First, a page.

FCC Rules Against Comcast

FCC Chairman Kevin J. Martin proposed the action, which ordered Comcast to stop blocking customers who use certain types of file-sharing software.
FCC Chairman Kevin J. Martin proposed the action, which ordered Comcast to stop blocking customers who use certain types of file-sharing software. (By Joshua Roberts -- Bloomberg News)
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By John Dunbar
Associated Press
Saturday, August 2, 2008

A divided Federal Communications Commission ruled that Comcast violated federal policy when it blocked Internet traffic for some subscribers and ordered the cable giant to change the way it manages its network.

In a precedent-setting move, the FCC voted 3 to 2 yesterday to enforce a policy that guarantees customers open access to the Internet.

The commission did not assess a fine, but ordered the company to stop cutting off transfers of large data files among customers who use a special type of file-sharing software.

Comcast says its practices are reasonable -- that it has delayed traffic, not blocked it -- and that the FCC's so-called network-neutrality "principles" are part of a policy statement and are not enforceable rules.

Republican FCC Chairman Kevin J. Martin proposed the enforcement action and was joined by Democratic Commissioners Jonathan S. Adelstein and Michael J. Copps in voting for approval. He was opposed by members of his own party, Commissioners Robert M. McDowell and Deborah Taylor Tate, who both issued lengthy dissents.

The commission's authority to act stems from a policy statement adopted in September 2005 that outlined a set of principles meant to ensure that broadband networks are "widely deployed, open, affordable and accessible to all consumers."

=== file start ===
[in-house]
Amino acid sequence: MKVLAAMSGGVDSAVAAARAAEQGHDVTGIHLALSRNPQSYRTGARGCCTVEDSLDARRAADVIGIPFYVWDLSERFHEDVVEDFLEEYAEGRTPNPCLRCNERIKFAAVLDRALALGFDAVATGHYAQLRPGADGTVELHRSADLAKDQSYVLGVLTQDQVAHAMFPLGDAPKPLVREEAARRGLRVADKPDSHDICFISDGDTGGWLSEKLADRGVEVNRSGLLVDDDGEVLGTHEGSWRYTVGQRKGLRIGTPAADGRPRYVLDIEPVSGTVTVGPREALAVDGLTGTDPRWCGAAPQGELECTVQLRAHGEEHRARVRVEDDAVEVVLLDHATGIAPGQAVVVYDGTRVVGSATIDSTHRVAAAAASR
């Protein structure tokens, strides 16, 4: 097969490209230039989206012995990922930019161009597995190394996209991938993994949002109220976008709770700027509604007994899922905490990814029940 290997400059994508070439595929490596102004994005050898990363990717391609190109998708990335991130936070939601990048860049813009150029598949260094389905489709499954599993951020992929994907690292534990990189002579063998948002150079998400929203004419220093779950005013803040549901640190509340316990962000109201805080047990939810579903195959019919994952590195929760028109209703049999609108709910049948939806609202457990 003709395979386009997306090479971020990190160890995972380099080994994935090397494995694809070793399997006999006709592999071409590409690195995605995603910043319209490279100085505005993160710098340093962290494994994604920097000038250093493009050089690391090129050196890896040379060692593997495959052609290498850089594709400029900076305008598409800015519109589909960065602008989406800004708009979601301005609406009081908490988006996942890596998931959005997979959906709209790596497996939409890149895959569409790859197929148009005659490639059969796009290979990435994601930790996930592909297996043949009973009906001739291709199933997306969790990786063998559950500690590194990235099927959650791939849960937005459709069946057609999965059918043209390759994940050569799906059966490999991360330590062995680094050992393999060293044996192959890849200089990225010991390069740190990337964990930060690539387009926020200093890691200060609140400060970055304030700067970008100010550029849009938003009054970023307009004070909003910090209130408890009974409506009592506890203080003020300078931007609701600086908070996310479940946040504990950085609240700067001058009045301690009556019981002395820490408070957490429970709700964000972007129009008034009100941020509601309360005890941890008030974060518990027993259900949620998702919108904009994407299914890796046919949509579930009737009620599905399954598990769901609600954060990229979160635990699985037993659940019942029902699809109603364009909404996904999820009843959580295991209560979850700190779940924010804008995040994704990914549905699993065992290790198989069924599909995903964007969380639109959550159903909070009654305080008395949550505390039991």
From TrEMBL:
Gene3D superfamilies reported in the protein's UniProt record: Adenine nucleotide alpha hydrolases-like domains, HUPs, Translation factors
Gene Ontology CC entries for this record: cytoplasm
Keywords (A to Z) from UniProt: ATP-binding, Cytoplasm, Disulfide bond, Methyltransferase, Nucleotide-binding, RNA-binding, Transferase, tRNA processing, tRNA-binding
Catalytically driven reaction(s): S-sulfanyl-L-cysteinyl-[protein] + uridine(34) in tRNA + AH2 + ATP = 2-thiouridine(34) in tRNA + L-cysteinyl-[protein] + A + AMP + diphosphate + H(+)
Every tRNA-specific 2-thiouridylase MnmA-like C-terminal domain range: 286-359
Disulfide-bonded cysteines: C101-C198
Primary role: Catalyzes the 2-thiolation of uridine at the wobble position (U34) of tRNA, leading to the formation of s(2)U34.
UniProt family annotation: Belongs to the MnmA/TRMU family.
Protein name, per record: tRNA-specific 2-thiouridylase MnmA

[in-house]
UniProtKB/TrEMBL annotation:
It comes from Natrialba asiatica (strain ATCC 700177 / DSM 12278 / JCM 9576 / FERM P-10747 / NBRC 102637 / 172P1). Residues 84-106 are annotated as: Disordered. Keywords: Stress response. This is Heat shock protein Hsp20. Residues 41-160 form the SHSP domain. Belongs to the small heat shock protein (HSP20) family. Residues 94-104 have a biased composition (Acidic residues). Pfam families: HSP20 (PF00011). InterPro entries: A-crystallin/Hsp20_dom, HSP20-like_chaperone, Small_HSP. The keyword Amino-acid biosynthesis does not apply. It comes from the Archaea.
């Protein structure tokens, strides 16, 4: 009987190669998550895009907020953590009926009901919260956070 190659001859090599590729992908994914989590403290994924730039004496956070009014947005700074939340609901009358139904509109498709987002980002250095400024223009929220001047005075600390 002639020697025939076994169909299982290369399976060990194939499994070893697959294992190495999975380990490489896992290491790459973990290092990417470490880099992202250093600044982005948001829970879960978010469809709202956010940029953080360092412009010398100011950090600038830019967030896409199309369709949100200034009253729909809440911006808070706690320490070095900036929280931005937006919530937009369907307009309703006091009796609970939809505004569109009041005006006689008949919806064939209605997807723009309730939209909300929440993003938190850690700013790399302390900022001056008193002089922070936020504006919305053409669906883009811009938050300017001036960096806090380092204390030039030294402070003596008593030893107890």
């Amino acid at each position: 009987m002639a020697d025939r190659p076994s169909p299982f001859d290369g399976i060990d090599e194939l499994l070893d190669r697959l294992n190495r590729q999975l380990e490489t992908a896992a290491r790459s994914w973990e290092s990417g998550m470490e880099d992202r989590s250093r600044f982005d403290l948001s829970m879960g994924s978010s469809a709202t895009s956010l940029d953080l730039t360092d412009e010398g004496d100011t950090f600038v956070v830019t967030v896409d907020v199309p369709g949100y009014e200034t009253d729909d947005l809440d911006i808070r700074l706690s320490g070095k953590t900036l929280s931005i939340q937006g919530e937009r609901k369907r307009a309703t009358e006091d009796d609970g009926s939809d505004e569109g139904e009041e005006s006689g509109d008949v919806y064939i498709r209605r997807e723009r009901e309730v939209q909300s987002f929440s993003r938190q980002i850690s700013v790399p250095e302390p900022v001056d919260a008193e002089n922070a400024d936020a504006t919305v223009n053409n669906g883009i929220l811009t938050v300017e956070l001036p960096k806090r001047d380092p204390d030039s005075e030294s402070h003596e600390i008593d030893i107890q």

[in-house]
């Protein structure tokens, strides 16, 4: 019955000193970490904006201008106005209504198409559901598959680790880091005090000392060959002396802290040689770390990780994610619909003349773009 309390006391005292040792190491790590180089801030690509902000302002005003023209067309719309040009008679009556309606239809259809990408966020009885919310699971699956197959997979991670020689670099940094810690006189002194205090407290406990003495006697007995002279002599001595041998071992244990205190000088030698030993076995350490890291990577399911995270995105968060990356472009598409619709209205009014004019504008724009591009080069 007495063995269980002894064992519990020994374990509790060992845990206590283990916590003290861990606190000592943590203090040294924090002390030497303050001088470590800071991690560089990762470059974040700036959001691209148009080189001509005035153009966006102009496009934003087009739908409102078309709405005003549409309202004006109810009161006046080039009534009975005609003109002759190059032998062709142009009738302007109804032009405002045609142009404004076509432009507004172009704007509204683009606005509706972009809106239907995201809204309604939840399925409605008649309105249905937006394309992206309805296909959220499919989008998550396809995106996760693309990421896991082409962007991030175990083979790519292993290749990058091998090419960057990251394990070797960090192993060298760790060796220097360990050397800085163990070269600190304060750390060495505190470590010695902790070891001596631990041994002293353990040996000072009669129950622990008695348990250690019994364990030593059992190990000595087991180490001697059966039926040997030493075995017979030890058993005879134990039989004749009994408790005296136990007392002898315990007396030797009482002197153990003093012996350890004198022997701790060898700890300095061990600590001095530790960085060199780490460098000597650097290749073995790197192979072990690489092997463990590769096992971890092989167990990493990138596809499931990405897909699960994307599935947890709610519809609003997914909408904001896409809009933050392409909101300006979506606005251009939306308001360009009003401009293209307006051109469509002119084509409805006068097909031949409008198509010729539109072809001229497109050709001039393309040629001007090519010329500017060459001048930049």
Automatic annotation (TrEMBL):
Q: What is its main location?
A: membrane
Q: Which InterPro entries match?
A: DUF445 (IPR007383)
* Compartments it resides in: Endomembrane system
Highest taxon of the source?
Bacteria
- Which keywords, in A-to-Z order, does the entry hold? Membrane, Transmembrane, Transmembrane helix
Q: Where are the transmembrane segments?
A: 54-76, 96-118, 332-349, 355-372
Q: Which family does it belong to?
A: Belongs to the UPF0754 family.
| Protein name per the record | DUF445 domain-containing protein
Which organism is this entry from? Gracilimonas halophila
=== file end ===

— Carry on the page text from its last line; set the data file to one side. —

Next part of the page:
The principles are "subject to reasonable network management," a concept the agency has not explicitly defined.

Martin said Comcast managers were not "simply managing their network, they had arbitrarily picked an application and blocked their subscribers' access to it."

The agency said that Comcast had a motive to interfere. Peer-to-peer applications are used to load video that "poses a potential competitive threat to Comcast's video-on-demand service," it said.

Martin was particularly critical of the company's failure to disclose to customers exactly how it was managing its traffic.

Sena Fitzmaurice, a Comcast spokeswoman, said in a statement that the company was "disappointed in the commission's divided conclusion because we believe that our network management choices were reasonable . . . "

She said the company thinks the order "raises significant due-process concerns and a variety of substantive legal questions."

The FCC's action means network operators are subject to the FCC's enforcement process and that the agency will act on consumer complaints.

Before the meeting, Martin said that the agency will consider fines for future violations, but he declined to speculate on how large they would be.

The FCC action did not include a fine, but it does require Comcast within 30 days of release of the order to disclose the details of its "discriminatory network management"; submit a compliance plan describing how it intends to stop those practices by the end of the year; and disclose to customers and the commission its new plan.

The company says it will stop using its network management practice by the end of the year and switch to a "protocol agnostic" technique that will not single out any particular type of traffic.

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